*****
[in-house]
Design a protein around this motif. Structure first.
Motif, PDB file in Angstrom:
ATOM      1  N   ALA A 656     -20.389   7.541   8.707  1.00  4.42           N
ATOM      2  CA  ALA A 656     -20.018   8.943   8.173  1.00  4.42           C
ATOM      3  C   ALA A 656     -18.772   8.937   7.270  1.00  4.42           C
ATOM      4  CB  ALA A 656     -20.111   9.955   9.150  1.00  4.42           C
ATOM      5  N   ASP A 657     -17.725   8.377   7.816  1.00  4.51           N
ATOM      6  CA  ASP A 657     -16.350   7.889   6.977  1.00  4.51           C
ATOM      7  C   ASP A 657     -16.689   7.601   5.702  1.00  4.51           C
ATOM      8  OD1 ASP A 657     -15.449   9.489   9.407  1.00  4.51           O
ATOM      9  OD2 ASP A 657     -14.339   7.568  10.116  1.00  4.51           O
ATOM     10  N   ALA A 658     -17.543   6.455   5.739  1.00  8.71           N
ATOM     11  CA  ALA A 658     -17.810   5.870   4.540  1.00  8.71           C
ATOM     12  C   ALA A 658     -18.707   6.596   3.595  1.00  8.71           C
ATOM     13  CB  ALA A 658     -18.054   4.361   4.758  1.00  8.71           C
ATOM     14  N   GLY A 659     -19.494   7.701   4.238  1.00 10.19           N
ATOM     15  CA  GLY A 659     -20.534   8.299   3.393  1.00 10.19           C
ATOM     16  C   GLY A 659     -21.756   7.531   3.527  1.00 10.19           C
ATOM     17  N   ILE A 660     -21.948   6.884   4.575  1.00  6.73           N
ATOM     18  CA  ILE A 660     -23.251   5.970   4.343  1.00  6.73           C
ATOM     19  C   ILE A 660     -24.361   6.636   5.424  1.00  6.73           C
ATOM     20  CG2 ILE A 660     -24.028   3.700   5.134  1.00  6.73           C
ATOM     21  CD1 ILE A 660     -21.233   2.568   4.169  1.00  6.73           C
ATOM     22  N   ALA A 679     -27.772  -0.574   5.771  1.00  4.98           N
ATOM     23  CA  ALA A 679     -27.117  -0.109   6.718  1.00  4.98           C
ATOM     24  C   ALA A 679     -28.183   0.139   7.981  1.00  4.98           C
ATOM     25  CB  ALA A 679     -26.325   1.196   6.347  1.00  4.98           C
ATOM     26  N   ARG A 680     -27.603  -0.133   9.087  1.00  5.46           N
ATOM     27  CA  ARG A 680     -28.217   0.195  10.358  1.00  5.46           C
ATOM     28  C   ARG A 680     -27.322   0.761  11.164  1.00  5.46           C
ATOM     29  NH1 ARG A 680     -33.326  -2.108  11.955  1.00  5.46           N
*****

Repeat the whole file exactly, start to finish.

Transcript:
[in-house]
Design a protein around this motif. Structure first.
Motif, PDB file in Angstrom:
ATOM      1  N   ALA A 656     -20.389   7.541   8.707  1.00  4.42           N
ATOM      2  CA  ALA A 656     -20.018   8.943   8.173  1.00  4.42           C
ATOM      3  C   ALA A 656     -18.772   8.937   7.270  1.00  4.42           C
ATOM      4  CB  ALA A 656     -20.111   9.955   9.150  1.00  4.42           C
ATOM      5  N   ASP A 657     -17.725   8.377   7.816  1.00  4.51           N
ATOM      6  CA  ASP A 657     -16.350   7.889   6.977  1.00  4.51           C
ATOM      7  C   ASP A 657     -16.689   7.601   5.702  1.00  4.51           C
ATOM      8  OD1 ASP A 657     -15.449   9.489   9.407  1.00  4.51           O
ATOM      9  OD2 ASP A 657     -14.339   7.568  10.116  1.00  4.51           O
ATOM     10  N   ALA A 658     -17.543   6.455   5.739  1.00  8.71           N
ATOM     11  CA  ALA A 658     -17.810   5.870   4.540  1.00  8.71           C
ATOM     12  C   ALA A 658     -18.707   6.596   3.595  1.00  8.71           C
ATOM     13  CB  ALA A 658     -18.054   4.361   4.758  1.00  8.71           C
ATOM     14  N   GLY A 659     -19.494   7.701   4.238  1.00 10.19           N
ATOM     15  CA  GLY A 659     -20.534   8.299   3.393  1.00 10.19           C
ATOM     16  C   GLY A 659     -21.756   7.531   3.527  1.00 10.19           C
ATOM     17  N   ILE A 660     -21.948   6.884   4.575  1.00  6.73           N
ATOM     18  CA  ILE A 660     -23.251   5.970   4.343  1.00  6.73           C
ATOM     19  C   ILE A 660     -24.361   6.636   5.424  1.00  6.73           C
ATOM     20  CG2 ILE A 660     -24.028   3.700   5.134  1.00  6.73           C
ATOM     21  CD1 ILE A 660     -21.233   2.568   4.169  1.00  6.73           C
ATOM     22  N   ALA A 679     -27.772  -0.574   5.771  1.00  4.98           N
ATOM     23  CA  ALA A 679     -27.117  -0.109   6.718  1.00  4.98           C
ATOM     24  C   ALA A 679     -28.183   0.139   7.981  1.00  4.98           C
ATOM     25  CB  ALA A 679     -26.325   1.196   6.347  1.00  4.98           C
ATOM     26  N   ARG A 680     -27.603  -0.133   9.087  1.00  5.46           N
ATOM     27  CA  ARG A 680     -28.217   0.195  10.358  1.00  5.46           C
ATOM     28  C   ARG A 680     -27.322   0.761  11.164  1.00  5.46           C
ATOM     29  NH1 ARG A 680     -33.326  -2.108  11.955  1.00  5.46           N